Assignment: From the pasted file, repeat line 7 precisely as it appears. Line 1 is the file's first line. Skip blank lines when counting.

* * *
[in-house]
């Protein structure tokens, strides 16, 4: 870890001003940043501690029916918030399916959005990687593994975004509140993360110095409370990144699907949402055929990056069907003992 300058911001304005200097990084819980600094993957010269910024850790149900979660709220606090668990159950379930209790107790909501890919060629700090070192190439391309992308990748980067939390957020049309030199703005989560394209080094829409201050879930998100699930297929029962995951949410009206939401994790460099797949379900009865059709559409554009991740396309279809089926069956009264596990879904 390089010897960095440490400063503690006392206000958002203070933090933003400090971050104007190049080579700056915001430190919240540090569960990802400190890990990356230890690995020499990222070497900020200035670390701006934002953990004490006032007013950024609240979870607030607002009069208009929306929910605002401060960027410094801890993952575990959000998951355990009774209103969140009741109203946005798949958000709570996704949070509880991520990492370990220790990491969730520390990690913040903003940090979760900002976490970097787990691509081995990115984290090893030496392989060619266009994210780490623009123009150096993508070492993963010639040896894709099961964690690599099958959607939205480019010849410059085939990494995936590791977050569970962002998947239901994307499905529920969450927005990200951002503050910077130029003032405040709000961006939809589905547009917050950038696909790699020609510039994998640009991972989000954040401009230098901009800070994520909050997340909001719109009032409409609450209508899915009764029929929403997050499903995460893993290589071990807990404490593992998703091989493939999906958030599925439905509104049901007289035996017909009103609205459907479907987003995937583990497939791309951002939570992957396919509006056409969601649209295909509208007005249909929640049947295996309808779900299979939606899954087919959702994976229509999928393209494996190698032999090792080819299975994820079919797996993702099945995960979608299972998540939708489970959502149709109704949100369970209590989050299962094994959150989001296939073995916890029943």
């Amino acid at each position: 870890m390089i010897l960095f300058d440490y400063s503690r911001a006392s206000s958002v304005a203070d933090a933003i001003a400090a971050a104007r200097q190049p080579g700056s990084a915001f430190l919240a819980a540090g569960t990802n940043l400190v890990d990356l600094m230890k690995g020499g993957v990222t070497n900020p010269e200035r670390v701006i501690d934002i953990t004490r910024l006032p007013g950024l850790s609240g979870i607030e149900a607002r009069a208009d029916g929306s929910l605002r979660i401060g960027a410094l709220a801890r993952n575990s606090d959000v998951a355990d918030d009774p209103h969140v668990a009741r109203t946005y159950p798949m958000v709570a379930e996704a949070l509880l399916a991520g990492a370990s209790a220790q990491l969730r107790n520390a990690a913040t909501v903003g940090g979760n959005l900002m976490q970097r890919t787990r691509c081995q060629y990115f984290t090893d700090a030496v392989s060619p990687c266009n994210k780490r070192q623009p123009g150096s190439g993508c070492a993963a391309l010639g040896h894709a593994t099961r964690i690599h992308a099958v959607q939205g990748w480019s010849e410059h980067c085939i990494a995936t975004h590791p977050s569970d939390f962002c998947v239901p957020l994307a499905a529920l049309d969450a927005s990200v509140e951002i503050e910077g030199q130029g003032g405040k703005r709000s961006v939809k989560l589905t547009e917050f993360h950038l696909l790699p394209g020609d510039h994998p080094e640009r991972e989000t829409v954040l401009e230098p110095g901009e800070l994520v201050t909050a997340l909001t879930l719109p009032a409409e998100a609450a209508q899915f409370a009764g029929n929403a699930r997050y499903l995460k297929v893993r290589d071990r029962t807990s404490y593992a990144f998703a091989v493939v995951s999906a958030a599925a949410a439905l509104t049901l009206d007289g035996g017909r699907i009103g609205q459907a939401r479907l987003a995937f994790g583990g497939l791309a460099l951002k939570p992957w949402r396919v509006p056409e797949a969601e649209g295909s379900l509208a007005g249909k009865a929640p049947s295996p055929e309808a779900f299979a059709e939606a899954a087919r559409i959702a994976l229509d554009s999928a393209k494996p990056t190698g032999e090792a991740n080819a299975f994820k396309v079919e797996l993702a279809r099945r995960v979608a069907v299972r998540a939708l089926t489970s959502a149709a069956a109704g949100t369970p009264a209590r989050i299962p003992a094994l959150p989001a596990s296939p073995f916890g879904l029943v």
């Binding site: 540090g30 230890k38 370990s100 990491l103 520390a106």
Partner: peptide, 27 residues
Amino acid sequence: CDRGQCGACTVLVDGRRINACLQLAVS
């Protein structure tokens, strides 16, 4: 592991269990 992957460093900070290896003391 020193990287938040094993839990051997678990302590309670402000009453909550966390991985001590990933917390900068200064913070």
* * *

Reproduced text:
């Protein structure tokens, strides 16, 4: 592991269990 992957460093900070290896003391 020193990287938040094993839990051997678990302590309670402000009453909550966390991985001590990933917390900068200064913070």